Favored Weapons

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One of those things I remember fondly from my early days of playing D&D was that PCs would sometimes end up using strange weapons (often tridents, for some reason) because they’d find some really good magical ones. Making (or commissioning) your own magical weapons to spec was prohibitively expensive, and most GMs I played with (including myself) didn’t make magic weapons readily available in stores. Couple that with the fact that early versions of the game had an absolute version of damage resistance based upon the “+” of the weapon (e.g., +3 or better magic weapon required to hit), and you had good reason for PCs to stick with the most powerfully enchanted weapon they could find.

In many fantasy novels (and other source material), a hero’s weapon may not be magical, but it is often not interchangeable with any other weapon. A character might be particularly skilled at using a given weapon… and weapons are often ascribed with legendary importance due to tasks that have been undertaken with them.

How to capture some of this in d20:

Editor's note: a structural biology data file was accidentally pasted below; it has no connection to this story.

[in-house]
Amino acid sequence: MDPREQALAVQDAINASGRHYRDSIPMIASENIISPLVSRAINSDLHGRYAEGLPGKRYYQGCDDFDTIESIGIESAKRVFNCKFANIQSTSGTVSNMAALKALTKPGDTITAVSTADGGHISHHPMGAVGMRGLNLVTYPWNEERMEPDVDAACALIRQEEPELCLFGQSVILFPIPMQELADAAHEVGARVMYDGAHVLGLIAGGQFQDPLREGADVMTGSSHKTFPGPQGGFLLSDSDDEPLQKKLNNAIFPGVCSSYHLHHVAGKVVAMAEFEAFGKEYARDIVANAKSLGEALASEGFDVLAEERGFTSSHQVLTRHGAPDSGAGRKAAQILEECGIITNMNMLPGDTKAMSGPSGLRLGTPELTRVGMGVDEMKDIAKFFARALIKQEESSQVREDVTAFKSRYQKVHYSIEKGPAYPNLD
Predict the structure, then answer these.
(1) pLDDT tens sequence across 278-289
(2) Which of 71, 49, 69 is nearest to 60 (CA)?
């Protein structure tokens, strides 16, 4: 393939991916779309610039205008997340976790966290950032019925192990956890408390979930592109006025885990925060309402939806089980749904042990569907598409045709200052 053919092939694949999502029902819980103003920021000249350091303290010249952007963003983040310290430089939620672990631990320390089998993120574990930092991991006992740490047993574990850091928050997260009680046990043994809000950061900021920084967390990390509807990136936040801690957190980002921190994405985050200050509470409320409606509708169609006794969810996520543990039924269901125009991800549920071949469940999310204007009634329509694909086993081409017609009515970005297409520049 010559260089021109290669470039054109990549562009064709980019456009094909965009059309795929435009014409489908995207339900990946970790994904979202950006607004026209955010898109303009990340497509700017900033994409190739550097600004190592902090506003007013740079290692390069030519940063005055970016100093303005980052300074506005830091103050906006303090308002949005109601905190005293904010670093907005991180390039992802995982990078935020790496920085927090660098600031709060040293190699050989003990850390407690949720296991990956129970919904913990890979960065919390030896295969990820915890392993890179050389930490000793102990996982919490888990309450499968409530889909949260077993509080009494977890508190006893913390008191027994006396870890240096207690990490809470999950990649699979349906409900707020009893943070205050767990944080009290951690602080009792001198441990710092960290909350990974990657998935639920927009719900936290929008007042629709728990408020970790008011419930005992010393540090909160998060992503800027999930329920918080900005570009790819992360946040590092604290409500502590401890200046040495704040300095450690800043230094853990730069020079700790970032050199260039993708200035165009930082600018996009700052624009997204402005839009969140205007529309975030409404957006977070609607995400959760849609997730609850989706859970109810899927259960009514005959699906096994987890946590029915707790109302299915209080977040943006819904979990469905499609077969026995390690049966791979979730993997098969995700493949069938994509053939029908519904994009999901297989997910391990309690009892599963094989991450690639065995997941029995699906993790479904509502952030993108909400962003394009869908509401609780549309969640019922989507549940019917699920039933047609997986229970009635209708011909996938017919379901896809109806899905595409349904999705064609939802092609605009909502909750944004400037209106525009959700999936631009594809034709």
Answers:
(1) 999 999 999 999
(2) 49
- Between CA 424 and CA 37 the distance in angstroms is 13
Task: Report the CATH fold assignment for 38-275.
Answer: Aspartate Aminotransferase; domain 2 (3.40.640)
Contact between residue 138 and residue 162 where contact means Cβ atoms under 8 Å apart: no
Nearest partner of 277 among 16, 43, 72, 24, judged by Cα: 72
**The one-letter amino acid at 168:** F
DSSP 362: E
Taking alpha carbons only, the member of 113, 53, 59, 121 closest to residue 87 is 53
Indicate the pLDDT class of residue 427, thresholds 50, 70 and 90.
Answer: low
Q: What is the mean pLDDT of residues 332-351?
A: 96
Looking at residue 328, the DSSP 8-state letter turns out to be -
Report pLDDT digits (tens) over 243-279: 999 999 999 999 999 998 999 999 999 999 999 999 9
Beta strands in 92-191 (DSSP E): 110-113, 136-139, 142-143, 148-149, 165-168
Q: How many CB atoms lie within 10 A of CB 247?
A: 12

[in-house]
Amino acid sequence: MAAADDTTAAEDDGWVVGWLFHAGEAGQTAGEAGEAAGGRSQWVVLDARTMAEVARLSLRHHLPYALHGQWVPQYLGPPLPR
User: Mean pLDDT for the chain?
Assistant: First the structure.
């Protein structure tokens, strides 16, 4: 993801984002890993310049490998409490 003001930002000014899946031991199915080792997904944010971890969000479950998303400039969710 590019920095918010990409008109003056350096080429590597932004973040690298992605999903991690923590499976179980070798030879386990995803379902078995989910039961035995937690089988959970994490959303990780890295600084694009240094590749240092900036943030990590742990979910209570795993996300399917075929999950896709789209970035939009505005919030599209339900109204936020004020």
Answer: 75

In D&D 3.5 it is more-or-less expected that your primary magic weapon will have a +1 equivalent for every four levels or so.

New Rule-in-Development:

Each time your character gains a level, you may assign one of her weapons as favored. This must be a weapon that she has used. After every second consecutive level that the same weapon is named favored, she may add a +1 competence bonus to either her attack or damage rolls with that weapon. These competence bonuses stack with themselves, but not with other competence bonuses. Each time the weapon is enchanted after it has been named a favored weapon, the PC must get used to the new ‘feel’ of the weapon. For every +1-equivalency that a weapon is enchanted with, the PC loses a +1 competency bonus to either attack or damage (player’s choice).

The expected upshot: PCs will stick with magic weapons they acquire early in their careers. Provided they have access to someone who can further enhance them, these weapons may end up being marginally more powerful in their hands than other weapons of similar magic.



1 Response

  1. The book of Exalted deeds has a feat like that, Exalted heirloom I think. Was thinking of having the paladin I’m making take it. You sacrifice goods to your gods or whatever, and they enchant one ancestral weapon you own. Every level the gp limit on enchantments bestowed goes up.

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